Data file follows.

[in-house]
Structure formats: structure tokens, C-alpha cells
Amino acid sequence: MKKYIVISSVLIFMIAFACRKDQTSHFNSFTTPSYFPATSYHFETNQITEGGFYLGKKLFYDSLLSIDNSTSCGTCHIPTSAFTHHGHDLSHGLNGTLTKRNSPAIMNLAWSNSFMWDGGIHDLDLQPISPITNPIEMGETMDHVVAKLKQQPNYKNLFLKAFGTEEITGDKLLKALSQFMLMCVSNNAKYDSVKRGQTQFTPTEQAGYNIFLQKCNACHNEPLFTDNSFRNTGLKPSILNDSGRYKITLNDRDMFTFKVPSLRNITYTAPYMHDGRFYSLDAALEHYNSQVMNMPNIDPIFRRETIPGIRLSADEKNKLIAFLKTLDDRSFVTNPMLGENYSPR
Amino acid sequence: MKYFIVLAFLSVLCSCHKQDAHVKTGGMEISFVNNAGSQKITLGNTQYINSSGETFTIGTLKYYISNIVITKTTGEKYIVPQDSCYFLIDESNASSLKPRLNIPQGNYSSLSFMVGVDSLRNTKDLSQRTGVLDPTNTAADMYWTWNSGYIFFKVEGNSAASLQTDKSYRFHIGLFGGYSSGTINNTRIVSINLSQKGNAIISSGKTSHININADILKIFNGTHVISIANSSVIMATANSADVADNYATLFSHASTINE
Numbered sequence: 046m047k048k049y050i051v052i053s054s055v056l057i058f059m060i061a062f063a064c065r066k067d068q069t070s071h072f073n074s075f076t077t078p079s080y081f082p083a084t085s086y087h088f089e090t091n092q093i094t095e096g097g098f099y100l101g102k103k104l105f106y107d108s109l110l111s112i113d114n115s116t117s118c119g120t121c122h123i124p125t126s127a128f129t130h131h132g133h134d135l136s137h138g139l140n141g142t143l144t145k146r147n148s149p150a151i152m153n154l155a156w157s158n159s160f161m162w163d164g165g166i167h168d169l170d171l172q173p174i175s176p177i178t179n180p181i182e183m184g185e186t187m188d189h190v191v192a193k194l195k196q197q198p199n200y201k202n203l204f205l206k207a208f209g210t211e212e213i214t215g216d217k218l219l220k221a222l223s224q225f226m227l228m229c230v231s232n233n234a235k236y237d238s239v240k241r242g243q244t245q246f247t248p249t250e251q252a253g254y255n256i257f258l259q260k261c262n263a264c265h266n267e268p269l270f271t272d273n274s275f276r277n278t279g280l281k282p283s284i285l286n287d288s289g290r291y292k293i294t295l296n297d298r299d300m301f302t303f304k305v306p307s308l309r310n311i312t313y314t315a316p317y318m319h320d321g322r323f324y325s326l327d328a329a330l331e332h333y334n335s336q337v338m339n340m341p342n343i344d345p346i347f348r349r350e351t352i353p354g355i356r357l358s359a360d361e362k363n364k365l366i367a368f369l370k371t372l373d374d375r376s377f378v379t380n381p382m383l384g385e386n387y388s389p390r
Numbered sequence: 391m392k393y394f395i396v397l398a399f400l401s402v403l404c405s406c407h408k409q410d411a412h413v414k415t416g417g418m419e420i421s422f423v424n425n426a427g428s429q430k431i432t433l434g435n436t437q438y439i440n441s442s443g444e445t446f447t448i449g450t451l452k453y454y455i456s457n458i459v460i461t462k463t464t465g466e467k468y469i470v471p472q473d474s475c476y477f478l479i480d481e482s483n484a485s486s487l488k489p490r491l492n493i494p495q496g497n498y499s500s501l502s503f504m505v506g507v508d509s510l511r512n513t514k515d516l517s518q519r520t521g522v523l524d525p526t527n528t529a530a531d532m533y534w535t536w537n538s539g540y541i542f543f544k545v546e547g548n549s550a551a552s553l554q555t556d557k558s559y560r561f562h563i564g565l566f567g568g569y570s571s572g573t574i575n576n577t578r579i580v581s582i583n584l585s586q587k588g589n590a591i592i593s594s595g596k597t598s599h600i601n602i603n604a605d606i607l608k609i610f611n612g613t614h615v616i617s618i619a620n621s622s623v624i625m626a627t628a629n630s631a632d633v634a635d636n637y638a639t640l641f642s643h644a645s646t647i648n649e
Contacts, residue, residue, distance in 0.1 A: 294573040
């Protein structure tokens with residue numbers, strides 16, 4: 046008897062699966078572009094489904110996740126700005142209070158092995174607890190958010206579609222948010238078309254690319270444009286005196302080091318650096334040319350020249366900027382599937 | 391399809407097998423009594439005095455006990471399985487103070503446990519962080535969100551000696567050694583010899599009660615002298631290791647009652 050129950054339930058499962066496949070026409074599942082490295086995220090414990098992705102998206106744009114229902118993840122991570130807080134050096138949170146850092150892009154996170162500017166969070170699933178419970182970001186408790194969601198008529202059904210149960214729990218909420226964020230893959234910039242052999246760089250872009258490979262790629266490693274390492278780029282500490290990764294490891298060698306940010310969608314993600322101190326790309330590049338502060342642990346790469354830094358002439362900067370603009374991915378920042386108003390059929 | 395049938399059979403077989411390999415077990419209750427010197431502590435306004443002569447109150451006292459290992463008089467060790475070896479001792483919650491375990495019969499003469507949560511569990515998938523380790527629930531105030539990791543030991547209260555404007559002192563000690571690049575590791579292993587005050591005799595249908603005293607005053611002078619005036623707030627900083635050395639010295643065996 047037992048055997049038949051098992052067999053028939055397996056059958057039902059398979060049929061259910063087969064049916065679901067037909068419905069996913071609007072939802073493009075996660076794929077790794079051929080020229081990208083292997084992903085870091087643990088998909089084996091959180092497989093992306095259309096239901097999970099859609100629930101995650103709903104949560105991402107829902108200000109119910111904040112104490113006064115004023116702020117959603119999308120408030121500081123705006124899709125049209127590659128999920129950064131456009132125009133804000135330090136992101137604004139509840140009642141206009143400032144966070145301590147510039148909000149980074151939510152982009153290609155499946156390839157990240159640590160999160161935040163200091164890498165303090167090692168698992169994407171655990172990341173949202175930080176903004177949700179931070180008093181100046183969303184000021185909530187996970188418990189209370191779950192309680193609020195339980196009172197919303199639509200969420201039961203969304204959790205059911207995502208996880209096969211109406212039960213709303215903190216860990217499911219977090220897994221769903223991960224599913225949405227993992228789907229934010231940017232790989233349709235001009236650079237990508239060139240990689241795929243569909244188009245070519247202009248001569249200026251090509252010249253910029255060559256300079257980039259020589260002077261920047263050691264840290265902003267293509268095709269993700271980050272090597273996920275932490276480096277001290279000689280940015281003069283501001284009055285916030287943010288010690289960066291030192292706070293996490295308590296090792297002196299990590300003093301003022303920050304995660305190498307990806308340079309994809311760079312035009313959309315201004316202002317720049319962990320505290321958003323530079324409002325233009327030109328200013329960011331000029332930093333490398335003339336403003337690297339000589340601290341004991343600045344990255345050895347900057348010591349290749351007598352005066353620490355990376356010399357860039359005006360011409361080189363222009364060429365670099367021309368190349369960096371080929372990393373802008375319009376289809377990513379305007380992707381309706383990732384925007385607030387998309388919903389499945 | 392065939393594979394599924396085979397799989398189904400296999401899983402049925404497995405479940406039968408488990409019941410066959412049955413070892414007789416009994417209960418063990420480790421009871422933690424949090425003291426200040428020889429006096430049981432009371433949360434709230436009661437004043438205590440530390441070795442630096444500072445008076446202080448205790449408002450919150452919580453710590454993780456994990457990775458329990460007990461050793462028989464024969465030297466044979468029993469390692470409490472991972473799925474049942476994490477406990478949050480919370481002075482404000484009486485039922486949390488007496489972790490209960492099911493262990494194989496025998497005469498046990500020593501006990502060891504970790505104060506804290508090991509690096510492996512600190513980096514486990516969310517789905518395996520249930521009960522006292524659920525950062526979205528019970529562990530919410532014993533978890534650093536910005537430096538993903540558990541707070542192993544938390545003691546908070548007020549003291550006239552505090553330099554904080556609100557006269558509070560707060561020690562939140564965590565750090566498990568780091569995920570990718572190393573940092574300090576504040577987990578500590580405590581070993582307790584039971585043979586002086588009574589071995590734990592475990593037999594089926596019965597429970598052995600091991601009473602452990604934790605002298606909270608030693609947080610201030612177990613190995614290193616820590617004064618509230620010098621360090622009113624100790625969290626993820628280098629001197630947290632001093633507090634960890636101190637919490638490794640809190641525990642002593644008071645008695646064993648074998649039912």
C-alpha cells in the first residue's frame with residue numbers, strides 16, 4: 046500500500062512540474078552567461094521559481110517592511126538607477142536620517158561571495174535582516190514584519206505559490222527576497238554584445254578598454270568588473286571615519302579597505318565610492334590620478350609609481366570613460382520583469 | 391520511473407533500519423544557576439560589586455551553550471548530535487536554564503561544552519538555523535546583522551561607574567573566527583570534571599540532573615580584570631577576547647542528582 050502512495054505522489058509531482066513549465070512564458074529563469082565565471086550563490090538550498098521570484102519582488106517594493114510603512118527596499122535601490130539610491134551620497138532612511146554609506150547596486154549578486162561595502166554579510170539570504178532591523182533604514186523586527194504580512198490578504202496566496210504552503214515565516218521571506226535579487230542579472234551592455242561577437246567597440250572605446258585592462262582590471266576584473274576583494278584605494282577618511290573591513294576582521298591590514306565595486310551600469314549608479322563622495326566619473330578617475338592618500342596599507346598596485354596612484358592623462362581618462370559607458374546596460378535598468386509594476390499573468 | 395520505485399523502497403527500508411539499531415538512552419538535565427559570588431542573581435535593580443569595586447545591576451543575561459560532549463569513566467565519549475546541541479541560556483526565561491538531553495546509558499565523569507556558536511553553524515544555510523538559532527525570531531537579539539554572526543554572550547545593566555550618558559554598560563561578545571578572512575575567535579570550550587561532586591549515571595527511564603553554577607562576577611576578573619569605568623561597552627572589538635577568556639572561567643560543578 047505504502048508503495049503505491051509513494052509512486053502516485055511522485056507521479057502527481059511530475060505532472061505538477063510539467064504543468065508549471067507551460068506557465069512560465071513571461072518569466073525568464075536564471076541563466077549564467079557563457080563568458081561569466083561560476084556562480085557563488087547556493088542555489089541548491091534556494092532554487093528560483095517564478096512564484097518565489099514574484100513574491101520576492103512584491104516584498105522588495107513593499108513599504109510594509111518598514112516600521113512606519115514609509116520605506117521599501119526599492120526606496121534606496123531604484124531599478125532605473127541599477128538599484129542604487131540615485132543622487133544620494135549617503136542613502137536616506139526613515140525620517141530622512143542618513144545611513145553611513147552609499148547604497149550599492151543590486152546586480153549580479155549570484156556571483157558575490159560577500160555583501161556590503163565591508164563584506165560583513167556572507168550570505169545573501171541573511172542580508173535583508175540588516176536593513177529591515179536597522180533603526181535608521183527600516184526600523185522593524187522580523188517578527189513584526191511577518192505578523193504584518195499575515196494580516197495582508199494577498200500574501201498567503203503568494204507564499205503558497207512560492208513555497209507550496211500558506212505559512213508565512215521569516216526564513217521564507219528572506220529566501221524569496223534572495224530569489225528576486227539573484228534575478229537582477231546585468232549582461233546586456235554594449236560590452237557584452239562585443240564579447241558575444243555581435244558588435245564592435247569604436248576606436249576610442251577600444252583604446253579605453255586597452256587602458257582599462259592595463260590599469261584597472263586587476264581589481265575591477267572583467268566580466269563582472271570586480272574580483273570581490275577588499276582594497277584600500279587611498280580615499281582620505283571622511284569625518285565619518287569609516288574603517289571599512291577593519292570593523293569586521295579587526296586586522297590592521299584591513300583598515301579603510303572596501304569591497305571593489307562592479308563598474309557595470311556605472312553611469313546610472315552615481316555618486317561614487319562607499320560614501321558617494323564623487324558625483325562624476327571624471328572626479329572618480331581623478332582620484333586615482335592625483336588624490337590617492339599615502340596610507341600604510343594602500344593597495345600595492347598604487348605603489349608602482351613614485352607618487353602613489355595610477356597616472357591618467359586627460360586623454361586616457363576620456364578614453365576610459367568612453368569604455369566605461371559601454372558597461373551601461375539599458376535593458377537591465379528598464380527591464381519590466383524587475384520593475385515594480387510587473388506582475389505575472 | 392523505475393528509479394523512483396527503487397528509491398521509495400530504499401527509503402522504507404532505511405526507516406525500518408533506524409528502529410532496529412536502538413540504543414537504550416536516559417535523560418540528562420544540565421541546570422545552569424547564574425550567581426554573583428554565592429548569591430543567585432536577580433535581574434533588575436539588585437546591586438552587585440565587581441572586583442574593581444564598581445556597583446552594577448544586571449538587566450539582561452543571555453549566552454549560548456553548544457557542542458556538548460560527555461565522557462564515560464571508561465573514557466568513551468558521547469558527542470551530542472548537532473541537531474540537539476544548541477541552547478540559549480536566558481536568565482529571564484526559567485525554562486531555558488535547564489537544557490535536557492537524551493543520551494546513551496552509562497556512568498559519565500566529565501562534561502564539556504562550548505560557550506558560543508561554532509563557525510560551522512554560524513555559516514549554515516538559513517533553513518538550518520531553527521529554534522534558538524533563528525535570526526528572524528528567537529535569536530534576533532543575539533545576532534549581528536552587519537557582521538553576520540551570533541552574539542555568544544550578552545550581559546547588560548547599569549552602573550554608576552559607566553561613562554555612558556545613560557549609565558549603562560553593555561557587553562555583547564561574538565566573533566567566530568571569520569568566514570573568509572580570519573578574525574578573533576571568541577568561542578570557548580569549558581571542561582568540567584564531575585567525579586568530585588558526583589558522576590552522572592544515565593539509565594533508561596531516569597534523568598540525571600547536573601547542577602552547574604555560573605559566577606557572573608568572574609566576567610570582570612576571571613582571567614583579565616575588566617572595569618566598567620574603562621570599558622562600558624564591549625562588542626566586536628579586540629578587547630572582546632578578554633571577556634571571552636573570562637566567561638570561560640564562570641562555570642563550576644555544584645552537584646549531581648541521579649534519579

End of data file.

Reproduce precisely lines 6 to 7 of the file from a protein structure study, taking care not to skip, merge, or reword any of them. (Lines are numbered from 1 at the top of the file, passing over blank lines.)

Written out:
Numbered sequence: 391m392k393y394f395i396v397l398a399f400l401s402v403l404c405s406c407h408k409q410d411a412h413v414k415t416g417g418m419e420i421s422f423v424n425n426a427g428s429q430k431i432t433l434g435n436t437q438y439i440n441s442s443g444e445t446f447t448i449g450t451l452k453y454y455i456s457n458i459v460i461t462k463t464t465g466e467k468y469i470v471p472q473d474s475c476y477f478l479i480d481e482s483n484a485s486s487l488k489p490r491l492n493i494p495q496g497n498y499s500s501l502s503f504m505v506g507v508d509s510l511r512n513t514k515d516l517s518q519r520t521g522v523l524d525p526t527n528t529a530a531d532m533y534w535t536w537n538s539g540y541i542f543f544k545v546e547g548n549s550a551a552s553l554q555t556d557k558s559y560r561f562h563i564g565l566f567g568g569y570s571s572g573t574i575n576n577t578r579i580v581s582i583n584l585s586q587k588g589n590a591i592i593s594s595g596k597t598s599h600i601n602i603n604a605d606i607l608k609i610f611n612g613t614h615v616i617s618i619a620n621s622s623v624i625m626a627t628a629n630s631a632d633v634a635d636n637y638a639t640l641f642s643h644a645s646t647i648n649e
Contacts, residue, residue, distance in 0.1 A: 294573040